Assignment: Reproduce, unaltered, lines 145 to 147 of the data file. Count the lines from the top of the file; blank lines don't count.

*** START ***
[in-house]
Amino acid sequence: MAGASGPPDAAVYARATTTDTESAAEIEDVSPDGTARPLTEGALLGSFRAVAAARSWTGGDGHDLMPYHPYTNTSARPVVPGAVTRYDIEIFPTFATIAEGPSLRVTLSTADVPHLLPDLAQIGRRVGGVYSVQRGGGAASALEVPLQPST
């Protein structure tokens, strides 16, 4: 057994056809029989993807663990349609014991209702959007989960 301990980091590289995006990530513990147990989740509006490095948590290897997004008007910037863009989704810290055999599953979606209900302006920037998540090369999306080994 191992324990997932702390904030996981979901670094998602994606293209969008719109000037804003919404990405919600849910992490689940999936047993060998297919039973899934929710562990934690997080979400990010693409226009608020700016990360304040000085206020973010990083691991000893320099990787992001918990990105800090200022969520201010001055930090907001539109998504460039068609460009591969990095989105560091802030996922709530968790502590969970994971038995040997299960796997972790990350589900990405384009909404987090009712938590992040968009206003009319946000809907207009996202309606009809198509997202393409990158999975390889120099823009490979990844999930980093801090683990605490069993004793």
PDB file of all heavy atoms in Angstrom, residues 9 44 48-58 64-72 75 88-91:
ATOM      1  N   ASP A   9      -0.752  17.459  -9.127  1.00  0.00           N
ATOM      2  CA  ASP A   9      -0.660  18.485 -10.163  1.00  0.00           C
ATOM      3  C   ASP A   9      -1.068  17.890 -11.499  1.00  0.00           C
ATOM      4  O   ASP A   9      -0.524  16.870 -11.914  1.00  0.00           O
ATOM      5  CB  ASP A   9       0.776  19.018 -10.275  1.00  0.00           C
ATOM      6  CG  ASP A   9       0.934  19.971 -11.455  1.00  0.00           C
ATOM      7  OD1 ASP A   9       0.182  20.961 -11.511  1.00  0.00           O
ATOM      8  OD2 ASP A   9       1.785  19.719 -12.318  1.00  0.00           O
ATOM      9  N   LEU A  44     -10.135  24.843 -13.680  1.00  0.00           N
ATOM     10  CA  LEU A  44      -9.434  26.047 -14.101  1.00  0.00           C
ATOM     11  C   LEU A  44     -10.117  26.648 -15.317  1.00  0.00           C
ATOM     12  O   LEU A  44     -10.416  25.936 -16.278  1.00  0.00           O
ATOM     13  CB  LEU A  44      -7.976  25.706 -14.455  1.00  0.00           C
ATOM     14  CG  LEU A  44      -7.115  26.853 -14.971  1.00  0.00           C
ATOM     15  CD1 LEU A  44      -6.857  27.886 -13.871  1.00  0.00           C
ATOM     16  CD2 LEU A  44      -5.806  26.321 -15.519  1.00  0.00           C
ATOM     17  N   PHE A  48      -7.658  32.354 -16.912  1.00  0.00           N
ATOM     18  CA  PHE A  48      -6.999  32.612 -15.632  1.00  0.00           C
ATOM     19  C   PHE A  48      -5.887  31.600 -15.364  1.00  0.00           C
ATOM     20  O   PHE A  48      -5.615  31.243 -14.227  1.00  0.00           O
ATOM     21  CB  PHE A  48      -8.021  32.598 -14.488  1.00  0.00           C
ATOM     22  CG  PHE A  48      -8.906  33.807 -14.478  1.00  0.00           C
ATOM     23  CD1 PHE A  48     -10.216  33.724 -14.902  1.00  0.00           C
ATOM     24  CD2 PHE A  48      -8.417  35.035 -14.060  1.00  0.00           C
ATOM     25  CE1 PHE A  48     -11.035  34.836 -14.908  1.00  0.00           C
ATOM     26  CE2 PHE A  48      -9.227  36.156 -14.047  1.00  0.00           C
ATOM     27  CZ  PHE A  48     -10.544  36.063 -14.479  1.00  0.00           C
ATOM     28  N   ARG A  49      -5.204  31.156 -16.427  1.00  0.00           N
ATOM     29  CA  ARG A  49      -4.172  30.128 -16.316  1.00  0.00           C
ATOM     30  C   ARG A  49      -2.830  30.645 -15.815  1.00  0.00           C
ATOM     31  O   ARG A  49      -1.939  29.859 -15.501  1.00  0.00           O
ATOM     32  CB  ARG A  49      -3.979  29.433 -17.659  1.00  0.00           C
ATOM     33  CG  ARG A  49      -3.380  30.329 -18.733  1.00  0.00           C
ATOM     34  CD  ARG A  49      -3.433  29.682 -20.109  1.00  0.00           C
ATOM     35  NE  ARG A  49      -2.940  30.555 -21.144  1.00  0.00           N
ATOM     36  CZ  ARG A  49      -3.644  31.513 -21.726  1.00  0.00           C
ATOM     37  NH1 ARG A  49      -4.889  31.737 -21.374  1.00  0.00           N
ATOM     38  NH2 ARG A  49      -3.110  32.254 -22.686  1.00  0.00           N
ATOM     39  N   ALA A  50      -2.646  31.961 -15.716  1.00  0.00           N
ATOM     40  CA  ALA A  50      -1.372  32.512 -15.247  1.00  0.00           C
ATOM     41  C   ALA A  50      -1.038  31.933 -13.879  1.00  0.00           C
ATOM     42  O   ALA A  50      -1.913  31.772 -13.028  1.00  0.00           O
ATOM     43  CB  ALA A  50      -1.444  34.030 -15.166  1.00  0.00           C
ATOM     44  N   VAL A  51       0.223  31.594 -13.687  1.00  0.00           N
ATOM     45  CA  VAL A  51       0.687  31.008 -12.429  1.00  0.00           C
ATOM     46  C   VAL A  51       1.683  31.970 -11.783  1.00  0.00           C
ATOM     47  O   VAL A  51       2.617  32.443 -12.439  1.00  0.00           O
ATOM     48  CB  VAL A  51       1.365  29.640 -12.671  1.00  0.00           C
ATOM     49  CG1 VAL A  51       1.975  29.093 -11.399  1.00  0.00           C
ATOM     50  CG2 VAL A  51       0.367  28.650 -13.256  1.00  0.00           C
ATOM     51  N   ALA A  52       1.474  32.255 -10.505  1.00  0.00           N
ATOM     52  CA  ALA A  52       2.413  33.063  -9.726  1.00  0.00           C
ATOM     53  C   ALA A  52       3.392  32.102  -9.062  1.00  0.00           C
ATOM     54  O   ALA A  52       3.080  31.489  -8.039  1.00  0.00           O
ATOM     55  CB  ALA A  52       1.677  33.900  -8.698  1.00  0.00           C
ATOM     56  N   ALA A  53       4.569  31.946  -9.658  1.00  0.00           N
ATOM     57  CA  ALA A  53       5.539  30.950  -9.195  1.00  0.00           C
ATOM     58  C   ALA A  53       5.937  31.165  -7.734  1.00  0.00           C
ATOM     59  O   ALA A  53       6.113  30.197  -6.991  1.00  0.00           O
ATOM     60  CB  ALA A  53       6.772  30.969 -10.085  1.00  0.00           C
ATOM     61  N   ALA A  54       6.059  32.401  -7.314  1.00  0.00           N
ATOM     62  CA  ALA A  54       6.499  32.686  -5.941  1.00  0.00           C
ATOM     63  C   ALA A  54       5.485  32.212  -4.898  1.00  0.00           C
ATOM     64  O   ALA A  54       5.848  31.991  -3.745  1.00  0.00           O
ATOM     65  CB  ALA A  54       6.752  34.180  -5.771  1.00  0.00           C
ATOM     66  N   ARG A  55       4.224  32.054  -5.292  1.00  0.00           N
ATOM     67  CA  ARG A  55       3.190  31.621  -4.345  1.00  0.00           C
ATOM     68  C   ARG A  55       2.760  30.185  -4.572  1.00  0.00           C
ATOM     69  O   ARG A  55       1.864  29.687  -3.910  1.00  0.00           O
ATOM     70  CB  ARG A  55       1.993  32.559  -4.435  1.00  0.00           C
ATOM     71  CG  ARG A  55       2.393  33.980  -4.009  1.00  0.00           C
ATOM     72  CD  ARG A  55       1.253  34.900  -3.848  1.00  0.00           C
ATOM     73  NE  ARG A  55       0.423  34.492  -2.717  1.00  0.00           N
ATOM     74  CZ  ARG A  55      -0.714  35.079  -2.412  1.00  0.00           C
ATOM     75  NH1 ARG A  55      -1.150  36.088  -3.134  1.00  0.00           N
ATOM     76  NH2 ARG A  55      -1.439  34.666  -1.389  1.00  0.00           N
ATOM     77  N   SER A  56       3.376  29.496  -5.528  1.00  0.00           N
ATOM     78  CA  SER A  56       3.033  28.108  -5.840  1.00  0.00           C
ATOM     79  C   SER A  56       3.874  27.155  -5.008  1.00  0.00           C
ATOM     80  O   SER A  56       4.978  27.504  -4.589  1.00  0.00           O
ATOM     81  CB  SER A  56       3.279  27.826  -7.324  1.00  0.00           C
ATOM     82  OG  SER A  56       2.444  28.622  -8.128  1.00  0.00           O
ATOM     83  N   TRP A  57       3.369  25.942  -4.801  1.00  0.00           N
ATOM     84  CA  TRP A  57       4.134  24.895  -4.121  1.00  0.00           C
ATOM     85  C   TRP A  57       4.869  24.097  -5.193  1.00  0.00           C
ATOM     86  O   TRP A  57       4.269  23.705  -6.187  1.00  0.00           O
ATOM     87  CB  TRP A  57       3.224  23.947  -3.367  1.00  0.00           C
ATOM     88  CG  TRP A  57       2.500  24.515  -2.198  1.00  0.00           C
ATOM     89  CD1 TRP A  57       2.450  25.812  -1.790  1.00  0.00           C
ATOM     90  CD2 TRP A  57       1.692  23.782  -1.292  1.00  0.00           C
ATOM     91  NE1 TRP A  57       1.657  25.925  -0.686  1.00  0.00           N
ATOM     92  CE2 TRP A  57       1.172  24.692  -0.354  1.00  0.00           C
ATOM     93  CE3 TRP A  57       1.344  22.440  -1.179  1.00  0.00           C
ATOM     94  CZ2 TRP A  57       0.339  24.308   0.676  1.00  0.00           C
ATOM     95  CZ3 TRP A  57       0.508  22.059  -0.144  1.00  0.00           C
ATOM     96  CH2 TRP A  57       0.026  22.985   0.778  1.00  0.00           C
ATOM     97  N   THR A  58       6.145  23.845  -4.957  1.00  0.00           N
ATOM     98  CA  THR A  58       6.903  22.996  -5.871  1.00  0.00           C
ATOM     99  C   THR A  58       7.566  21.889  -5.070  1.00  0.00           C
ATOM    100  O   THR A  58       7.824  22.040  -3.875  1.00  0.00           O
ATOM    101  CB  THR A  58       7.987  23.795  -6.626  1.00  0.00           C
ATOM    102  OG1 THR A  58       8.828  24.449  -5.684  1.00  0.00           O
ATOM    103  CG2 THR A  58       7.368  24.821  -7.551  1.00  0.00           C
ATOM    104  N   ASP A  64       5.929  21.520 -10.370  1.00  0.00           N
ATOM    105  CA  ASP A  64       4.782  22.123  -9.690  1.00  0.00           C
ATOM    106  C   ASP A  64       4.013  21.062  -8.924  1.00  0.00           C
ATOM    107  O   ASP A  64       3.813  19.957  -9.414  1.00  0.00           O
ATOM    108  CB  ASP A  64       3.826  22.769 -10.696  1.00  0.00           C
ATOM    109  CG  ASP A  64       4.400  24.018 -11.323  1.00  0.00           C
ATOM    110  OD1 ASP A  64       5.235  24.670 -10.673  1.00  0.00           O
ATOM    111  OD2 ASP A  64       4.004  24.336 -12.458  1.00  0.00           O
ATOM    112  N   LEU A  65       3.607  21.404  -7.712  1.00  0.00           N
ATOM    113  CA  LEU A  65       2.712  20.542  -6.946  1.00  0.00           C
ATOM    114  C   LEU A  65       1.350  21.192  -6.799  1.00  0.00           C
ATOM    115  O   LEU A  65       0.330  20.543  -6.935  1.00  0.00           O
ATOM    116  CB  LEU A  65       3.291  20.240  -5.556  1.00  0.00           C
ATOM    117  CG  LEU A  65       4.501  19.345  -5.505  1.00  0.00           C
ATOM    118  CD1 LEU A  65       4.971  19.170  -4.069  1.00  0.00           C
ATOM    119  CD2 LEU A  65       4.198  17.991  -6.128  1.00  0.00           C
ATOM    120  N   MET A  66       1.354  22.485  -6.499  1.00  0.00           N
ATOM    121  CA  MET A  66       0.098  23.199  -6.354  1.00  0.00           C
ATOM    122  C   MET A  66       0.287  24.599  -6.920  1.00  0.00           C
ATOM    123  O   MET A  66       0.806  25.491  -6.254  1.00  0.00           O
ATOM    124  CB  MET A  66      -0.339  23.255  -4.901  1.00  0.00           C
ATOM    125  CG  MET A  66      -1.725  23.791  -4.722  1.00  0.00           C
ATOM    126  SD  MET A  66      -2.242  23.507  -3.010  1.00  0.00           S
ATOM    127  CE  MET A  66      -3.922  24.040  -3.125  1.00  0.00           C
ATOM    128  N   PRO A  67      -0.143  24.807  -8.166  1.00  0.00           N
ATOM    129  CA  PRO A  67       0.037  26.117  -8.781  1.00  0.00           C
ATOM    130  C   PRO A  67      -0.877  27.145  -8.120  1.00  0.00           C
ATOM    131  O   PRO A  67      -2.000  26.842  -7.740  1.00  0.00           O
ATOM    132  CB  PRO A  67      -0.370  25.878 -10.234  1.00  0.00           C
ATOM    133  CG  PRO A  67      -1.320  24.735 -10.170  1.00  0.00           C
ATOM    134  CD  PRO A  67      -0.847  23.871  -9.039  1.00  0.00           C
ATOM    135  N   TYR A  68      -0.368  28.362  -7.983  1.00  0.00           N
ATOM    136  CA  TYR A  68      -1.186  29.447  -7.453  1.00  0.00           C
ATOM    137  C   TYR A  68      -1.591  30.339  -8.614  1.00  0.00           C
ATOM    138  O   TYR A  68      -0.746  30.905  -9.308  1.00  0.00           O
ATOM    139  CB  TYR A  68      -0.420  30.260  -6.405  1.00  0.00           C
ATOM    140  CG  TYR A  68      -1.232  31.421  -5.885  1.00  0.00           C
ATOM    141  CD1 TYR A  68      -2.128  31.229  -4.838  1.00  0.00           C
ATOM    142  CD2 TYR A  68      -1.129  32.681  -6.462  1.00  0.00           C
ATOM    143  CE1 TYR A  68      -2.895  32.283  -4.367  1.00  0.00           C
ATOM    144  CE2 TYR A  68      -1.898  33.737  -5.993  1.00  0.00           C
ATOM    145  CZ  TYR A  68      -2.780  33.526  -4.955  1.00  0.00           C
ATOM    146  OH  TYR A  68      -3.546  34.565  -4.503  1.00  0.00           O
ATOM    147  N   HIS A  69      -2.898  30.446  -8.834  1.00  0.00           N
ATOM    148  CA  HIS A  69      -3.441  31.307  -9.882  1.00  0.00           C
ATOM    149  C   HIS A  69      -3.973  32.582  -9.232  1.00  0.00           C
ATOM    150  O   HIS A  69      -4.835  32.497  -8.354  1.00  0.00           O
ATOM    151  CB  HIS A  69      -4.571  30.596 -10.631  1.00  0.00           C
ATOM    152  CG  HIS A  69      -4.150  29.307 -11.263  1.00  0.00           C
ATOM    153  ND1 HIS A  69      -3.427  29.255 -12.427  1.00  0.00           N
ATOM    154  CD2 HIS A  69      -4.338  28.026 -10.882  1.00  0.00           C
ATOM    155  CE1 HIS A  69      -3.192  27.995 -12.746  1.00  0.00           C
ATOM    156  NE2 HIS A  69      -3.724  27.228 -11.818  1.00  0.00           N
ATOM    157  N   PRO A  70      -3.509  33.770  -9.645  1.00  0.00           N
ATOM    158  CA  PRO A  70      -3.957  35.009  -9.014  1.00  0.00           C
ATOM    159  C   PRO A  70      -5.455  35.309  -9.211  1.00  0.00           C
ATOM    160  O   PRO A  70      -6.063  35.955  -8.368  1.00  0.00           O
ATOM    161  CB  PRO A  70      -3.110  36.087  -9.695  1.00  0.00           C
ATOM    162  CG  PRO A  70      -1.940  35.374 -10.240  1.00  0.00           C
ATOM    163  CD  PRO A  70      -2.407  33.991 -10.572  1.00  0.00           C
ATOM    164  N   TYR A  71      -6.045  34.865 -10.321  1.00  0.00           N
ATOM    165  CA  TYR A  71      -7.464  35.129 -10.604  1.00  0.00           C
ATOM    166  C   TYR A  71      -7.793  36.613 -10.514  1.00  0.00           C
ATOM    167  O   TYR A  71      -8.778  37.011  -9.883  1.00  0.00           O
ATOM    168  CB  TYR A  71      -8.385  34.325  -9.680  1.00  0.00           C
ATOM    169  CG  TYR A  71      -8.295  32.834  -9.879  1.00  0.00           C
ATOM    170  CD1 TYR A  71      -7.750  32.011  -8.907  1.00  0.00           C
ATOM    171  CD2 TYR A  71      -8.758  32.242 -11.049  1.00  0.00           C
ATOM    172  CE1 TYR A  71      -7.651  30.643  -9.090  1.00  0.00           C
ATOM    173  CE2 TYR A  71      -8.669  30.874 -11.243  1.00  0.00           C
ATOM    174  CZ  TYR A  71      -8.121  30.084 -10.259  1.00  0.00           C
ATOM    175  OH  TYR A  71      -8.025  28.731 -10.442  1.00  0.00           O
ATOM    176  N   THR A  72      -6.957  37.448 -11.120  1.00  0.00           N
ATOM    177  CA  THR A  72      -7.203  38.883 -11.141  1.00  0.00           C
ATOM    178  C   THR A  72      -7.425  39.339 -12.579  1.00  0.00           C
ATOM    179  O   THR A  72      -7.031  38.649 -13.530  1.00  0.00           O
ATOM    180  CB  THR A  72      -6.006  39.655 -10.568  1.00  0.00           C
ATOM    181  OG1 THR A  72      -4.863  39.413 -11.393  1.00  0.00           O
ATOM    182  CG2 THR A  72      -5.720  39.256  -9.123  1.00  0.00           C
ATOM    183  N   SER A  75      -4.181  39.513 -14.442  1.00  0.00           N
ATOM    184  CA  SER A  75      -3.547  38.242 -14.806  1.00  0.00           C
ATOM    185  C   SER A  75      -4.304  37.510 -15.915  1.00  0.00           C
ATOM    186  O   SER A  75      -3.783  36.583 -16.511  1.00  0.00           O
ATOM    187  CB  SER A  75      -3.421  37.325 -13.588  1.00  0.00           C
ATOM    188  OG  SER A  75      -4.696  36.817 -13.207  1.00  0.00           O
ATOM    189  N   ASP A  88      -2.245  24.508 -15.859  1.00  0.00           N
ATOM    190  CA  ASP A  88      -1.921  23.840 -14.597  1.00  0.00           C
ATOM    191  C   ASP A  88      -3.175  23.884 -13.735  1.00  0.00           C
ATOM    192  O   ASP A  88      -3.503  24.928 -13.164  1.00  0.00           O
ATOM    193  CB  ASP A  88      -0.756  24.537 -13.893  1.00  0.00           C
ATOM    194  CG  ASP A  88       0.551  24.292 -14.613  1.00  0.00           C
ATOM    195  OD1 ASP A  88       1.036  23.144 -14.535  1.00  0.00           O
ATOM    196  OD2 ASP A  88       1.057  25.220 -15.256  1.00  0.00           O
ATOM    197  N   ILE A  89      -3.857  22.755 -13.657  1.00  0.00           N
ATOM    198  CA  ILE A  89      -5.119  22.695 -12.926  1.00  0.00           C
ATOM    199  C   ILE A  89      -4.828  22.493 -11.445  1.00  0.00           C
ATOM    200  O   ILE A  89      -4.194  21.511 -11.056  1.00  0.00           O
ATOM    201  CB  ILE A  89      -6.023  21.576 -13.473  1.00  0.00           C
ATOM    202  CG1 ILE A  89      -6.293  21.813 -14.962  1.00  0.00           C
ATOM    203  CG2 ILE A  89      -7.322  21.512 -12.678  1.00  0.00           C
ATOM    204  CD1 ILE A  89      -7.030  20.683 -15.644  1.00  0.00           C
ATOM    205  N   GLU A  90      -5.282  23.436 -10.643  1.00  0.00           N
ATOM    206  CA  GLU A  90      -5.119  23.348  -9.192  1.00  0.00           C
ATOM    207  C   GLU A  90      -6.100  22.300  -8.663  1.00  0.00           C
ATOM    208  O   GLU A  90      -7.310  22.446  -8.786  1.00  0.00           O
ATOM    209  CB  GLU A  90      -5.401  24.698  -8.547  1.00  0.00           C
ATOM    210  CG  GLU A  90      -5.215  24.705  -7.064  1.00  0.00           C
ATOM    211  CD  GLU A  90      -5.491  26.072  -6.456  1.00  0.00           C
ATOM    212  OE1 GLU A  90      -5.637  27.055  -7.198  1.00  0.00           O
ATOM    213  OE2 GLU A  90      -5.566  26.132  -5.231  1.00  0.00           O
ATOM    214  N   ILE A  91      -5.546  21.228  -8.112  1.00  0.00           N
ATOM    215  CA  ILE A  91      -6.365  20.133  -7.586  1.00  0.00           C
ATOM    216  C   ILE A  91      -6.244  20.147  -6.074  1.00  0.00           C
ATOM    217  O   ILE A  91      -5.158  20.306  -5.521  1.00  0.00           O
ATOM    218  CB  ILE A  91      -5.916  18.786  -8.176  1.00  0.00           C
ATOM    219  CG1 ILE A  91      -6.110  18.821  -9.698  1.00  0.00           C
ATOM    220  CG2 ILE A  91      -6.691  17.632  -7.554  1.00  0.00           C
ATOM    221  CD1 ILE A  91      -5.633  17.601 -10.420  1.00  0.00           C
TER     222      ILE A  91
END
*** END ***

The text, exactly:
ATOM    141  CD1 TYR A  68      -2.128  31.229  -4.838  1.00  0.00           C
ATOM    142  CD2 TYR A  68      -1.129  32.681  -6.462  1.00  0.00           C
ATOM    143  CE1 TYR A  68      -2.895  32.283  -4.367  1.00  0.00           C